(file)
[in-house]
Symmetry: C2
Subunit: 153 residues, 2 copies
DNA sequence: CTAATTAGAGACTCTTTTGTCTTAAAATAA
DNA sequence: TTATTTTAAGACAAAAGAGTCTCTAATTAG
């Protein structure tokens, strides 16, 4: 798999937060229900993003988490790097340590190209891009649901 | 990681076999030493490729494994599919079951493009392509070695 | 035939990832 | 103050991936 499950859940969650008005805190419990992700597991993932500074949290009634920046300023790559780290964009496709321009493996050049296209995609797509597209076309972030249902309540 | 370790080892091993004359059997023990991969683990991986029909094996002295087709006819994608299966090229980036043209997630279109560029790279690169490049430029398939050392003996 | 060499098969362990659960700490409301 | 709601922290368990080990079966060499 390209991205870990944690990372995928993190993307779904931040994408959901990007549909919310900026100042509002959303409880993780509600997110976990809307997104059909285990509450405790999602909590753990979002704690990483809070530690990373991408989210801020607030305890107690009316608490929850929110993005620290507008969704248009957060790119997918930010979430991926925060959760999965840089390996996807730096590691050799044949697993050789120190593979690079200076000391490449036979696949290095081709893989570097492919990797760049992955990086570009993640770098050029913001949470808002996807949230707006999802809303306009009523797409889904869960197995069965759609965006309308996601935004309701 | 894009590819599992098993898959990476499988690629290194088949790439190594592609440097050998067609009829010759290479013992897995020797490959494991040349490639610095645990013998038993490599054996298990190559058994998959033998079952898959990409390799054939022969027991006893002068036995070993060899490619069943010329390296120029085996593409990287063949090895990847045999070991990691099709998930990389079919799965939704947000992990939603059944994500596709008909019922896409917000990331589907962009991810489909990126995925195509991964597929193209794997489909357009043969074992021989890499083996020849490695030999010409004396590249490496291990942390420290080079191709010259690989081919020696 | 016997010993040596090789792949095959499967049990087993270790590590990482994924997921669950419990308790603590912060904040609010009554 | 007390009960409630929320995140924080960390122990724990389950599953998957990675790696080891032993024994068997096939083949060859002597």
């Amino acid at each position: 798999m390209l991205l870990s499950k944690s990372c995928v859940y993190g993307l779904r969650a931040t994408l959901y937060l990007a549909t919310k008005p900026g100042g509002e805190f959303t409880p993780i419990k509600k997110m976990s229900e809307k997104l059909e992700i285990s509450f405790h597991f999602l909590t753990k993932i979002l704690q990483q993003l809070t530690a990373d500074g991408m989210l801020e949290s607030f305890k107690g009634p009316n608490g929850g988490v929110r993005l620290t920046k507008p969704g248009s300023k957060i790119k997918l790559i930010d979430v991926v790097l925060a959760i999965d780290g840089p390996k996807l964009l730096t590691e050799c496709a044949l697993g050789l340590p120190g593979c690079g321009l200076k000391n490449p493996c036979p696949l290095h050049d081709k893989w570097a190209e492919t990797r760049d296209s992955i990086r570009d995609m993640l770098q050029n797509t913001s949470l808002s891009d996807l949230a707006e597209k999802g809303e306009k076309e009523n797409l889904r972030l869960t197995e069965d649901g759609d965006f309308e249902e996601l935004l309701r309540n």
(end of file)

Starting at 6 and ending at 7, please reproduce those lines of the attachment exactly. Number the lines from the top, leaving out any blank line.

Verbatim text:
């Protein structure tokens, strides 16, 4: 798999937060229900993003988490790097340590190209891009649901 | 990681076999030493490729494994599919079951493009392509070695 | 035939990832 | 103050991936 499950859940969650008005805190419990992700597991993932500074949290009634920046300023790559780290964009496709321009493996050049296209995609797509597209076309972030249902309540 | 370790080892091993004359059997023990991969683990991986029909094996002295087709006819994608299966090229980036043209997630279109560029790279690169490049430029398939050392003996 | 060499098969362990659960700490409301 | 709601922290368990080990079966060499 390209991205870990944690990372995928993190993307779904931040994408959901990007549909919310900026100042509002959303409880993780509600997110976990809307997104059909285990509450405790999602909590753990979002704690990483809070530690990373991408989210801020607030305890107690009316608490929850929110993005620290507008969704248009957060790119997918930010979430991926925060959760999965840089390996996807730096590691050799044949697993050789120190593979690079200076000391490449036979696949290095081709893989570097492919990797760049992955990086570009993640770098050029913001949470808002996807949230707006999802809303306009009523797409889904869960197995069965759609965006309308996601935004309701 | 894009590819599992098993898959990476499988690629290194088949790439190594592609440097050998067609009829010759290479013992897995020797490959494991040349490639610095645990013998038993490599054996298990190559058994998959033998079952898959990409390799054939022969027991006893002068036995070993060899490619069943010329390296120029085996593409990287063949090895990847045999070991990691099709998930990389079919799965939704947000992990939603059944994500596709008909019922896409917000990331589907962009991810489909990126995925195509991964597929193209794997489909357009043969074992021989890499083996020849490695030999010409004396590249490496291990942390420290080079191709010259690989081919020696 | 016997010993040596090789792949095959499967049990087993270790590590990482994924997921669950419990308790603590912060904040609010009554 | 007390009960409630929320995140924080960390122990724990389950599953998957990675790696080891032993024994068997096939083949060859002597």
């Amino acid at each position: 798999m390209l991205l870990s499950k944690s990372c995928v859940y993190g993307l779904r969650a931040t994408l959901y937060l990007a549909t919310k008005p900026g100042g509002e805190f959303t409880p993780i419990k509600k997110m976990s229900e809307k997104l059909e992700i285990s509450f405790h597991f999602l909590t753990k993932i979002l704690q990483q993003l809070t530690a990373d500074g991408m989210l801020e949290s607030f305890k107690g009634p009316n608490g929850g988490v929110r993005l620290t920046k507008p969704g248009s300023k957060i790119k997918l790559i930010d979430v991926v790097l925060a959760i999965d780290g840089p390996k996807l964009l730096t590691e050799c496709a044949l697993g050789l340590p120190g593979c690079g321009l200076k000391n490449p493996c036979p696949l290095h050049d081709k893989w570097a190209e492919t990797r760049d296209s992955i990086r570009d995609m993640l770098q050029n797509t913001s949470l808002s891009d996807l949230a707006e597209k999802g809303e306009k076309e009523n797409l889904r972030l869960t197995e069965d649901g759609d965006f309308e249902e996601l935004l309701r309540n």